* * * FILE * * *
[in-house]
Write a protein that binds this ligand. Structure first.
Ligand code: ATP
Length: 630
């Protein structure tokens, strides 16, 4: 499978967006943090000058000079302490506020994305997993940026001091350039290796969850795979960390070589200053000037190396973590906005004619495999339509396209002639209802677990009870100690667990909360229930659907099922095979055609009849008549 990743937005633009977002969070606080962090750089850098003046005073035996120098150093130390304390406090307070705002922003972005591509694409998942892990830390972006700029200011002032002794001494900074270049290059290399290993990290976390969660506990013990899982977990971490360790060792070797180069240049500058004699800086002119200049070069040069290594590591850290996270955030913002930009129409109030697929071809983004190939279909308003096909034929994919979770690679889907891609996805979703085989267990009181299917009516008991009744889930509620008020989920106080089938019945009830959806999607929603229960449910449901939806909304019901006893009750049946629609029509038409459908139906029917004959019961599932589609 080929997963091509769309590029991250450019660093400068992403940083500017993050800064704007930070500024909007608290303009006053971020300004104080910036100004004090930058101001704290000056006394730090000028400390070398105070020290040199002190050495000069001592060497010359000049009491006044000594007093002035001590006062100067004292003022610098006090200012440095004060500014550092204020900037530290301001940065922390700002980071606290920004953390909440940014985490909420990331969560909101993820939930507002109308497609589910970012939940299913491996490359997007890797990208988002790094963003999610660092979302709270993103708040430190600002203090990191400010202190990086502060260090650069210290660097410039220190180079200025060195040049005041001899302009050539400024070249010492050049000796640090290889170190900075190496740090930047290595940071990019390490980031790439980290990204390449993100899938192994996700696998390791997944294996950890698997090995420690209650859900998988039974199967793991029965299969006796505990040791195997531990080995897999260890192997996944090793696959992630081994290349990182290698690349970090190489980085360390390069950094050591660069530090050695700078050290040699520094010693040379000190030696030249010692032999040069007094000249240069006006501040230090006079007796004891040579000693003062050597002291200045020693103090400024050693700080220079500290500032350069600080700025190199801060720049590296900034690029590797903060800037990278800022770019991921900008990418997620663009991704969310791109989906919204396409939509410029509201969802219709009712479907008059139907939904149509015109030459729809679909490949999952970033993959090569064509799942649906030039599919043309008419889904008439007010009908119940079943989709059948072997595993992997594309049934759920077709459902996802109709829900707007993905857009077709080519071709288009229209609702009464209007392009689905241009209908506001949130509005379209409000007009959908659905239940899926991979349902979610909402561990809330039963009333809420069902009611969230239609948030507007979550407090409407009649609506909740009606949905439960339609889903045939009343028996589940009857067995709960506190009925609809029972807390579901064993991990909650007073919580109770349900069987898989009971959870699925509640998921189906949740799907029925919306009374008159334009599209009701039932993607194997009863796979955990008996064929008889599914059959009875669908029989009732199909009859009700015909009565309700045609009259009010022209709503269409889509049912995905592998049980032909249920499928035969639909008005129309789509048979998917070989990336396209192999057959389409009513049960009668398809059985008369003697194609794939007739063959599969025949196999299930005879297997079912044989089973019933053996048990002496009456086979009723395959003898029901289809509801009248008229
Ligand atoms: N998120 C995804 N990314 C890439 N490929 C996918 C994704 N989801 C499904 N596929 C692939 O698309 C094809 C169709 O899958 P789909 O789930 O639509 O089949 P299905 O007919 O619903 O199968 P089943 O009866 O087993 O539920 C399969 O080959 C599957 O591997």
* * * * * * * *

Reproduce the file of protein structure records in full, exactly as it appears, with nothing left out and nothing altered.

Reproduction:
[in-house]
Write a protein that binds this ligand. Structure first.
Ligand code: ATP
Length: 630
């Protein structure tokens, strides 16, 4: 499978967006943090000058000079302490506020994305997993940026001091350039290796969850795979960390070589200053000037190396973590906005004619495999339509396209002639209802677990009870100690667990909360229930659907099922095979055609009849008549 990743937005633009977002969070606080962090750089850098003046005073035996120098150093130390304390406090307070705002922003972005591509694409998942892990830390972006700029200011002032002794001494900074270049290059290399290993990290976390969660506990013990899982977990971490360790060792070797180069240049500058004699800086002119200049070069040069290594590591850290996270955030913002930009129409109030697929071809983004190939279909308003096909034929994919979770690679889907891609996805979703085989267990009181299917009516008991009744889930509620008020989920106080089938019945009830959806999607929603229960449910449901939806909304019901006893009750049946629609029509038409459908139906029917004959019961599932589609 080929997963091509769309590029991250450019660093400068992403940083500017993050800064704007930070500024909007608290303009006053971020300004104080910036100004004090930058101001704290000056006394730090000028400390070398105070020290040199002190050495000069001592060497010359000049009491006044000594007093002035001590006062100067004292003022610098006090200012440095004060500014550092204020900037530290301001940065922390700002980071606290920004953390909440940014985490909420990331969560909101993820939930507002109308497609589910970012939940299913491996490359997007890797990208988002790094963003999610660092979302709270993103708040430190600002203090990191400010202190990086502060260090650069210290660097410039220190180079200025060195040049005041001899302009050539400024070249010492050049000796640090290889170190900075190496740090930047290595940071990019390490980031790439980290990204390449993100899938192994996700696998390791997944294996950890698997090995420690209650859900998988039974199967793991029965299969006796505990040791195997531990080995897999260890192997996944090793696959992630081994290349990182290698690349970090190489980085360390390069950094050591660069530090050695700078050290040699520094010693040379000190030696030249010692032999040069007094000249240069006006501040230090006079007796004891040579000693003062050597002291200045020693103090400024050693700080220079500290500032350069600080700025190199801060720049590296900034690029590797903060800037990278800022770019991921900008990418997620663009991704969310791109989906919204396409939509410029509201969802219709009712479907008059139907939904149509015109030459729809679909490949999952970033993959090569064509799942649906030039599919043309008419889904008439007010009908119940079943989709059948072997595993992997594309049934759920077709459902996802109709829900707007993905857009077709080519071709288009229209609702009464209007392009689905241009209908506001949130509005379209409000007009959908659905239940899926991979349902979610909402561990809330039963009333809420069902009611969230239609948030507007979550407090409407009649609506909740009606949905439960339609889903045939009343028996589940009857067995709960506190009925609809029972807390579901064993991990909650007073919580109770349900069987898989009971959870699925509640998921189906949740799907029925919306009374008159334009599209009701039932993607194997009863796979955990008996064929008889599914059959009875669908029989009732199909009859009700015909009565309700045609009259009010022209709503269409889509049912995905592998049980032909249920499928035969639909008005129309789509048979998917070989990336396209192999057959389409009513049960009668398809059985008369003697194609794939007739063959599969025949196999299930005879297997079912044989089973019933053996048990002496009456086979009723395959003898029901289809509801009248008229
Ligand atoms: N998120 C995804 N990314 C890439 N490929 C996918 C994704 N989801 C499904 N596929 C692939 O698309 C094809 C169709 O899958 P789909 O789930 O639509 O089949 P299905 O007919 O619903 O199968 P089943 O009866 O087993 O539920 C399969 O080959 C599957 O591997």